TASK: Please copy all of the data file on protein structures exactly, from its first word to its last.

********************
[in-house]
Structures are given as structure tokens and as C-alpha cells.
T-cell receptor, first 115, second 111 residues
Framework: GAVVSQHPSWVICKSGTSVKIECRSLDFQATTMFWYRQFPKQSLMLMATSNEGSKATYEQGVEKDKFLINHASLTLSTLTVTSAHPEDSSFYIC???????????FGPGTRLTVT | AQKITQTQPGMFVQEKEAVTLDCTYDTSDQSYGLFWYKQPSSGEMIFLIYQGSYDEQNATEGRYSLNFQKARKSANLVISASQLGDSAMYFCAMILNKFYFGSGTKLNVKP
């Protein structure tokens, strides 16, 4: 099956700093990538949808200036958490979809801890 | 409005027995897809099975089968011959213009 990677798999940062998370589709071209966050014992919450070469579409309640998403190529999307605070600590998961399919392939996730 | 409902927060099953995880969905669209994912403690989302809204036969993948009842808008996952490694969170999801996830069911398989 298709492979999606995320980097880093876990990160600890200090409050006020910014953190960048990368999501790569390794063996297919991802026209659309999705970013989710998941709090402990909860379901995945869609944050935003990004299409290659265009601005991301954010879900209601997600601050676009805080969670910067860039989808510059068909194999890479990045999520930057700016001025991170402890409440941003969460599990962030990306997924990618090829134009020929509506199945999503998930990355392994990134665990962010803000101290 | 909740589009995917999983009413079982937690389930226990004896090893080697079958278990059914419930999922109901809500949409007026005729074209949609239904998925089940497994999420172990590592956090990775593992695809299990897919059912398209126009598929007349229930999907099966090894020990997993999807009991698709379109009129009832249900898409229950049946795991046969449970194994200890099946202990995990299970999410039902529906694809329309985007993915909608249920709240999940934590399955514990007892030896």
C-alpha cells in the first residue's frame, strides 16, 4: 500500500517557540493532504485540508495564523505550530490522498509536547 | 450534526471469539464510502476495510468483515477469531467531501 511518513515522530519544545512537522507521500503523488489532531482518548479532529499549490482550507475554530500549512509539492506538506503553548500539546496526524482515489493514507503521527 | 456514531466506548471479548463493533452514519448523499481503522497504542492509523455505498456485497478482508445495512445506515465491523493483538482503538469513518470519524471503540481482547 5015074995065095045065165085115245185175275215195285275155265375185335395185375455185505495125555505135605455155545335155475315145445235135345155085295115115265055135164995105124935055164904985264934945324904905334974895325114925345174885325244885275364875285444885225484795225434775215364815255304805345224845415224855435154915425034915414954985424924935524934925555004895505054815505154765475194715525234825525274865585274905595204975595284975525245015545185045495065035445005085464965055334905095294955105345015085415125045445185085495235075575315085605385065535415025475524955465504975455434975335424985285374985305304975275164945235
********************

[in-house]
Structures are given as structure tokens and as C-alpha cells.
T-cell receptor, first 115, second 111 residues
Framework: GAVVSQHPSWVICKSGTSVKIECRSLDFQATTMFWYRQFPKQSLMLMATSNEGSKATYEQGVEKDKFLINHASLTLSTLTVTSAHPEDSSFYIC???????????FGPGTRLTVT | AQKITQTQPGMFVQEKEAVTLDCTYDTSDQSYGLFWYKQPSSGEMIFLIYQGSYDEQNATEGRYSLNFQKARKSANLVISASQLGDSAMYFCAMILNKFYFGSGTKLNVKP
């Protein structure tokens, strides 16, 4: 099956700093990538949808200036958490979809801890 | 409005027995897809099975089968011959213009 990677798999940062998370589709071209966050014992919450070469579409309640998403190529999307605070600590998961399919392939996730 | 409902927060099953995880969905669209994912403690989302809204036969993948009842808008996952490694969170999801996830069911398989 298709492979999606995320980097880093876990990160600890200090409050006020910014953190960048990368999501790569390794063996297919991802026209659309999705970013989710998941709090402990909860379901995945869609944050935003990004299409290659265009601005991301954010879900209601997600601050676009805080969670910067860039989808510059068909194999890479990045999520930057700016001025991170402890409440941003969460599990962030990306997924990618090829134009020929509506199945999503998930990355392994990134665990962010803000101290 | 909740589009995917999983009413079982937690389930226990004896090893080697079958278990059914419930999922109901809500949409007026005729074209949609239904998925089940497994999420172990590592956090990775593992695809299990897919059912398209126009598929007349229930999907099966090894020990997993999807009991698709379109009129009832249900898409229950049946795991046969449970194994200890099946202990995990299970999410039902529906694809329309985007993915909608249920709240999940934590399955514990007892030896």
C-alpha cells in the first residue's frame, strides 16, 4: 500500500517557540493532504485540508495564523505550530490522498509536547 | 450534526471469539464510502476495510468483515477469531467531501 511518513515522530519544545512537522507521500503523488489532531482518548479532529499549490482550507475554530500549512509539492506538506503553548500539546496526524482515489493514507503521527 | 456514531466506548471479548463493533452514519448523499481503522497504542492509523455505498456485497478482508445495512445506515465491523493483538482503538469513518470519524471503540481482547 5015074995065095045065165085115245185175275215195285275155265375185335395185375455185505495125555505135605455155545335155475315145445235135345155085295115115265055135164995105124935055164904985264934945324904905334974895325114925345174885325244885275364875285444885225484795225434775215364815255304805345224845415224855435154915425034915414954985424924935524934925555004895505054815505154765475194715525234825525274865585274905595204975595284975525245015545185045495065035445005085464965055334905095294955105345015085415125045445185085495235075575315085605385065535415025475524955465504975455434975335424985285374985305304975275164945235